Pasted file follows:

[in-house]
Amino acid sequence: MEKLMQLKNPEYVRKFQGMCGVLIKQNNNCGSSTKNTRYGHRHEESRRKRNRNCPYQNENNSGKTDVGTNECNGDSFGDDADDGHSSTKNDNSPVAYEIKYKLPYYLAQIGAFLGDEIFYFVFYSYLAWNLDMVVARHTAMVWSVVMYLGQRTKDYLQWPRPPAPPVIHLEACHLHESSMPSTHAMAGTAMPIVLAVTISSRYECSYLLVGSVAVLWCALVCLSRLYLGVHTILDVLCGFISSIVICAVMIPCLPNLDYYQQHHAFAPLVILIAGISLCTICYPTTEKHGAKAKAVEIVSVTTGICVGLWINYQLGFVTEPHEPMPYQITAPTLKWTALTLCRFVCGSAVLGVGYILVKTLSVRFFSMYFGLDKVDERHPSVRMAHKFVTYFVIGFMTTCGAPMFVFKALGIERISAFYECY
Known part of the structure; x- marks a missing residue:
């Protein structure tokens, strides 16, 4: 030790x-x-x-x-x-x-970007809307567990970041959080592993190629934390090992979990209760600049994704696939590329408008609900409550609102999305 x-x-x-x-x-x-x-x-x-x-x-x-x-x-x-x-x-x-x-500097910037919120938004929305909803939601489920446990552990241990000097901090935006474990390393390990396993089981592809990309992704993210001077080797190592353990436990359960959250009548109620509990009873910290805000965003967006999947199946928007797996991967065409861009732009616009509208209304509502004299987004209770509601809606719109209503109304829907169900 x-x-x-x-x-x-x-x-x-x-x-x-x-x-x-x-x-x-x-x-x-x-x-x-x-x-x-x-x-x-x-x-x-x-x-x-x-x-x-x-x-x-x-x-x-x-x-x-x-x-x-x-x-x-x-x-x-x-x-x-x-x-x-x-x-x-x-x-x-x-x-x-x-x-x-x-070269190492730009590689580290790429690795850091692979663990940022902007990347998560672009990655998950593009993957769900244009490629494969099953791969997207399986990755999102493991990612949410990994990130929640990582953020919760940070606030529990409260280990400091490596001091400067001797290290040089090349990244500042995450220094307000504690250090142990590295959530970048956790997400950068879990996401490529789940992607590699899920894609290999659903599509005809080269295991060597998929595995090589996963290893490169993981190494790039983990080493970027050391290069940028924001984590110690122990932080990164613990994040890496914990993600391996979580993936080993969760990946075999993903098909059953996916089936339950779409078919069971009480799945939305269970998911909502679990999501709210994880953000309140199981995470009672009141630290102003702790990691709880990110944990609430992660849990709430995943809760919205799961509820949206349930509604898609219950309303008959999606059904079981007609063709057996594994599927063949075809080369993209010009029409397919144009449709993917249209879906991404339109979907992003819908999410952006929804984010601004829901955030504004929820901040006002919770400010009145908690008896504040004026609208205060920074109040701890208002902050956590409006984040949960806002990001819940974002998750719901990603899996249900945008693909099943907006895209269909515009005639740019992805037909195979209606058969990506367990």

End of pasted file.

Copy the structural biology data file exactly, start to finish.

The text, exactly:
[in-house]
Amino acid sequence: MEKLMQLKNPEYVRKFQGMCGVLIKQNNNCGSSTKNTRYGHRHEESRRKRNRNCPYQNENNSGKTDVGTNECNGDSFGDDADDGHSSTKNDNSPVAYEIKYKLPYYLAQIGAFLGDEIFYFVFYSYLAWNLDMVVARHTAMVWSVVMYLGQRTKDYLQWPRPPAPPVIHLEACHLHESSMPSTHAMAGTAMPIVLAVTISSRYECSYLLVGSVAVLWCALVCLSRLYLGVHTILDVLCGFISSIVICAVMIPCLPNLDYYQQHHAFAPLVILIAGISLCTICYPTTEKHGAKAKAVEIVSVTTGICVGLWINYQLGFVTEPHEPMPYQITAPTLKWTALTLCRFVCGSAVLGVGYILVKTLSVRFFSMYFGLDKVDERHPSVRMAHKFVTYFVIGFMTTCGAPMFVFKALGIERISAFYECY
Known part of the structure; x- marks a missing residue:
């Protein structure tokens, strides 16, 4: 030790x-x-x-x-x-x-970007809307567990970041959080592993190629934390090992979990209760600049994704696939590329408008609900409550609102999305 x-x-x-x-x-x-x-x-x-x-x-x-x-x-x-x-x-x-x-500097910037919120938004929305909803939601489920446990552990241990000097901090935006474990390393390990396993089981592809990309992704993210001077080797190592353990436990359960959250009548109620509990009873910290805000965003967006999947199946928007797996991967065409861009732009616009509208209304509502004299987004209770509601809606719109209503109304829907169900 x-x-x-x-x-x-x-x-x-x-x-x-x-x-x-x-x-x-x-x-x-x-x-x-x-x-x-x-x-x-x-x-x-x-x-x-x-x-x-x-x-x-x-x-x-x-x-x-x-x-x-x-x-x-x-x-x-x-x-x-x-x-x-x-x-x-x-x-x-x-x-x-x-x-x-x-070269190492730009590689580290790429690795850091692979663990940022902007990347998560672009990655998950593009993957769900244009490629494969099953791969997207399986990755999102493991990612949410990994990130929640990582953020919760940070606030529990409260280990400091490596001091400067001797290290040089090349990244500042995450220094307000504690250090142990590295959530970048956790997400950068879990996401490529789940992607590699899920894609290999659903599509005809080269295991060597998929595995090589996963290893490169993981190494790039983990080493970027050391290069940028924001984590110690122990932080990164613990994040890496914990993600391996979580993936080993969760990946075999993903098909059953996916089936339950779409078919069971009480799945939305269970998911909502679990999501709210994880953000309140199981995470009672009141630290102003702790990691709880990110944990609430992660849990709430995943809760919205799961509820949206349930509604898609219950309303008959999606059904079981007609063709057996594994599927063949075809080369993209010009029409397919144009449709993917249209879906991404339109979907992003819908999410952006929804984010601004829901955030504004929820901040006002919770400010009145908690008896504040004026609208205060920074109040701890208002902050956590409006984040949960806002990001819940974002998750719901990603899996249900945008693909099943907006895209269909515009005639740019992805037909195979209606058969990506367990």